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Referenced by
Citing PatentFiling datePublication dateApplicantTitle
US4560144 *Mar 12, 1985Dec 24, 1985Vxtra Corporation, 700 DivisionFluid coupling device
US4629158 *Aug 31, 1984Dec 16, 1986Henry ClaymanDisposable male valve member
US4688829 *Sep 3, 1986Aug 25, 1987Nifco Inc.Tube joint
US4712814 *May 21, 1985Dec 15, 1987Tom PettersonCoupling arrangement
US4737148 *May 14, 1986Apr 12, 1988Allergan SurgicalFiltered T coupling
US4900302 *Nov 19, 1984Feb 13, 1990Newton Walter ASurgical irrigation/aspiration set-up kit
US5360418 *Jul 15, 1992Nov 1, 1994Sherwood Medical CompanyConnector for a thoracic catheter
US6382593 *Jul 13, 2000May 7, 2002Colder Products CompanyFluid coupling
US6982264Jun 27, 2002Jan 3, 2006Elan Pharmaceuticals, Inc.Enzyme inhibitors of beta-secretase-mediated cleavage of amyloid precuror proteins; congnition activators; Down's syndrome; Hereditary Cerebral Hemorrhage with Amyloidosis of the Dutch-type; Parkinson's disease; hemostatic agents
US7083597Jun 17, 2003Aug 1, 2006Applied Diabetes Research, Inc.Pivoting joint infusion system with seal
US7214207Mar 7, 2003May 8, 2007Applied Diabetes Research, Inc.Low profile, pivotal connection infusion assembly
US7569034Jan 4, 2002Aug 4, 2009Lynch George RLow profile pivoting joint infusion assembly
US7766867Mar 21, 2007Aug 3, 2010Applied Diabetes Research, Inc.Low profile, pivotal connection infusion assembly
US7862545Jun 22, 2006Jan 4, 2011Applied Diabetes Research, Inc.Pivoting joint infusion system with steal
US8343115Aug 3, 2009Jan 1, 2013Applied Diabetes Research, Inc.Low profile pivoting joint infusion assembly
US8398586Jun 28, 2010Mar 19, 2013Applied Diabetes Research IncorporatedLow profile, pivotal connection infusion assembly
US8603034Sep 21, 2005Dec 10, 2013Applied Diabetes Research, Inc.One piece sealing reservoir for an insulin infusion pump
WO1985005163A1 *Apr 29, 1985Nov 21, 1985Vxtra CorpFluid coupling device
Classifications
U.S. Classification285/24, 285/38, 285/133.11, 604/119, 285/325
International ClassificationF16L41/02, A61M1/00
Cooperative ClassificationA61M1/0047, F16L41/021
European ClassificationA61M1/00H10B4, F16L41/02B
Legal Events
DateCodeEventDescription
Feb 6, 1996FPExpired due to failure to pay maintenance fee
Effective date: 19951206
Dec 3, 1995LAPSLapse for failure to pay maintenance fees
Jul 11, 1995REMIMaintenance fee reminder mailed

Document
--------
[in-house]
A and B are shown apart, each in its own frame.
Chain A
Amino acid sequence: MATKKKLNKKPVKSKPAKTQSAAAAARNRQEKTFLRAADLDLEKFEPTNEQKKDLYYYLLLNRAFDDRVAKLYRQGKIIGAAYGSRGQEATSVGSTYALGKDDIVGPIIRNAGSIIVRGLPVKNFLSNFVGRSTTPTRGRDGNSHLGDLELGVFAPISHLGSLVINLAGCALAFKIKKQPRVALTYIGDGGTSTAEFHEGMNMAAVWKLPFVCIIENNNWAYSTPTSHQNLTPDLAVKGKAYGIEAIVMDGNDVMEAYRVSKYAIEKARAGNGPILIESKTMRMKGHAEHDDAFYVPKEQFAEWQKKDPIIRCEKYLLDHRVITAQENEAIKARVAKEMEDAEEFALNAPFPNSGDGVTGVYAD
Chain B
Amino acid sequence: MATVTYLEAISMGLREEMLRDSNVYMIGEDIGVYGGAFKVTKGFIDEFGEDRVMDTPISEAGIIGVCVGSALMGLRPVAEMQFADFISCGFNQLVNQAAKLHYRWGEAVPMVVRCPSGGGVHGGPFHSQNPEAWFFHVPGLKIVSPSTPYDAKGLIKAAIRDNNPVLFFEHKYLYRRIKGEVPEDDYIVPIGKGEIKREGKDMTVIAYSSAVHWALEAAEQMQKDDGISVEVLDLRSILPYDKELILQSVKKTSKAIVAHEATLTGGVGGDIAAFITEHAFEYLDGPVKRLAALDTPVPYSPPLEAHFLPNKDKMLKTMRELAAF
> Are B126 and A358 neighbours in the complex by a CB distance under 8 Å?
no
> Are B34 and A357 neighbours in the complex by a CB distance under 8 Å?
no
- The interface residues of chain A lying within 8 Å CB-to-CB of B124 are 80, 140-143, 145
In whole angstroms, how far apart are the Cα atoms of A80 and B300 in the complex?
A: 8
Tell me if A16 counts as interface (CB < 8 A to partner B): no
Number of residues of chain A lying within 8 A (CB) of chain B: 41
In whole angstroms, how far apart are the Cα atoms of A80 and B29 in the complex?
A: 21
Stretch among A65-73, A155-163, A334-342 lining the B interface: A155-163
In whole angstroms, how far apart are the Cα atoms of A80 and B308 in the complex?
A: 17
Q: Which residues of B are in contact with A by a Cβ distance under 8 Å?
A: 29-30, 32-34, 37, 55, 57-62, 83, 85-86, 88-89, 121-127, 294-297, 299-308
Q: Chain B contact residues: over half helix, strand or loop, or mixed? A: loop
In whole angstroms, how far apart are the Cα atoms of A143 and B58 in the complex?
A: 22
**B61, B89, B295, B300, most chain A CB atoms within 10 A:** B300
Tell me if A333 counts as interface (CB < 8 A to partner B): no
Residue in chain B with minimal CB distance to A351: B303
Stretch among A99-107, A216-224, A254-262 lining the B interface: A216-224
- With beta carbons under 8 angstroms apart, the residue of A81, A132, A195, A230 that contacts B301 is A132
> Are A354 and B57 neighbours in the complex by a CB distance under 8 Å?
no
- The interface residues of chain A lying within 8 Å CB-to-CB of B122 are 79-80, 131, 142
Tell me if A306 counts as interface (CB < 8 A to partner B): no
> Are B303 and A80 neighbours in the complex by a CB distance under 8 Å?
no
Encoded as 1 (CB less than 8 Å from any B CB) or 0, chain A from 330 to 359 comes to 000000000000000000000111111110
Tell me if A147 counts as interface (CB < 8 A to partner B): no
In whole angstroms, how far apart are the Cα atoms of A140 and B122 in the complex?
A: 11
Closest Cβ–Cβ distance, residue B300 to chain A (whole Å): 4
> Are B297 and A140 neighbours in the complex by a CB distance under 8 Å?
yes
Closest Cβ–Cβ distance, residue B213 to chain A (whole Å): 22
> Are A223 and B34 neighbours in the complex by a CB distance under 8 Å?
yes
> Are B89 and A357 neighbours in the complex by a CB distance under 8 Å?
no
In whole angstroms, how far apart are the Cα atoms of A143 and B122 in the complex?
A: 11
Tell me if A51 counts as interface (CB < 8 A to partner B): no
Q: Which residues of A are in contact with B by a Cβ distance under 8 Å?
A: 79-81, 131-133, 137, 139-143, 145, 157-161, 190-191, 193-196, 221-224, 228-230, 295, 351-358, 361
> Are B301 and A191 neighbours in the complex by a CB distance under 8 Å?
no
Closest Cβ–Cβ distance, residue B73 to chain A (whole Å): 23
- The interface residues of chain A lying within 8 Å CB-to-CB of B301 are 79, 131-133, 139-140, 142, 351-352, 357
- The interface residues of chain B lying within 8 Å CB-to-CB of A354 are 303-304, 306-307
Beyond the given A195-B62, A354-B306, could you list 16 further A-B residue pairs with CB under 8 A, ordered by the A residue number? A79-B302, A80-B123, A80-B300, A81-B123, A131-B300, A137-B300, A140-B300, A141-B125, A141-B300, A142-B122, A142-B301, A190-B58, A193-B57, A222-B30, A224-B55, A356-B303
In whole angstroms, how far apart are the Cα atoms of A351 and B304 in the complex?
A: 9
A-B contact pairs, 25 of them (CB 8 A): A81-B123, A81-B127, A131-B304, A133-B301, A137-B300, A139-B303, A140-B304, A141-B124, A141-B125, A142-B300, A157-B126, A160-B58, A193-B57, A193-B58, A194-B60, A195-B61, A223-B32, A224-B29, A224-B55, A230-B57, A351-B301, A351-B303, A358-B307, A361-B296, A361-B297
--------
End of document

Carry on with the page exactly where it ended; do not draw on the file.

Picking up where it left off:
Apr 22, 1991FPAYFee payment
Year of fee payment: 8
Jul 21, 1989ASAssignment
Owner name: COOPER COMPANIES, INC., THE A CORP. OF DE
Free format text: RELEASED BY SECURED PARTY;ASSIGNOR:IRVING TRUST COMPANY;REEL/FRAME:005153/0640
Effective date: 19890202
Owner name: COOPER COMPANIES, INC., THE, CALIFORNIA
Free format text: SECURITY INTEREST;ASSIGNOR:AIG CAPITAL CORP.;REEL/FRAME:005184/0092
Effective date: 19890201
Owner name: NESTLE S.A., SWITZERLAND
Free format text: NUNC PRO TUNC ASSIGNMENT;ASSIGNOR:COOPERVISION, INC.;REEL/FRAME:005134/0702
Effective date: 19890719
Owner name: UNION BANK
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Free format text: RELEASED BY SECURED PARTY;ASSIGNOR:IRVING TRUST COMPANY;REEL/FRAME:5153/640
Owner name: COOPER COMPANIES, INC., THE,CALIFORNIA
Jan 23, 1989ASAssignment
Owner name: UNION BANK, AS COLLATERAL AGENT
Free format text: SECURITY INTEREST;ASSIGNOR:COOPER COMPANIES, INC., THE;REEL/FRAME:005001/0436
Effective date: 19890115
Jan 17, 1989ASAssignment
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Free format text: LICENSE;ASSIGNOR:DAIWA BANK, LIMITED, LOS ANGELES AGENCY, THE;REEL/FRAME:005023/0532
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Owner name: DAIWA BANK, LIMITED, LOS ANGELES AGENCY, THE, A BA
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Aug 25, 1988ASAssignment
Owner name: AIG CAPITAL CORP.
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Effective date: 19881229
Owner name: COOPER COMPANIES, INC., THE
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Owner name: IRVING TRUST CO., NEW YORK BANKING CORP.
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Owner name: COOPER COMPANIES, INC., THE,CALIFORNIA
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Owner name: COOPER COMPANIES, INC., THE, CALIFORNIA
May 29, 1987FPAYFee payment
Year of fee payment: 4
Apr 23, 1985PSPatent suit(s) filed
Mar 30, 1984ASAssignment
Owner name: COOPERVISION, INC., 2801 ORCHARD PARKWAY, SAN JOSE
Free format text: ASSIGNMENT OF ASSIGNORS INTEREST.;ASSIGNOR:NORTIVAC, INC.;REEL/FRAME:004241/0946
Owner name: NORTIVAC, INC. ,
Free format text: CHANGE OF NAME;ASSIGNOR:CAVITRON CORPORATION;REEL/FRAME:004241/0945
Effective date: 19831213
Feb 11, 1981ASAssignment
Owner name: CAVITRON CORPORATION, 1350 AVENUE OF THE AMERICAS,
Free format text: ASSIGNMENT OF ASSIGNORS INTEREST.;ASSIGNORS:HAINES STEPHEN W.;MARSHALL STEPHEN R.;STEEN MARK E.;ANDOTHERS;REEL/FRAME:003867/0044
Effective date: 19810204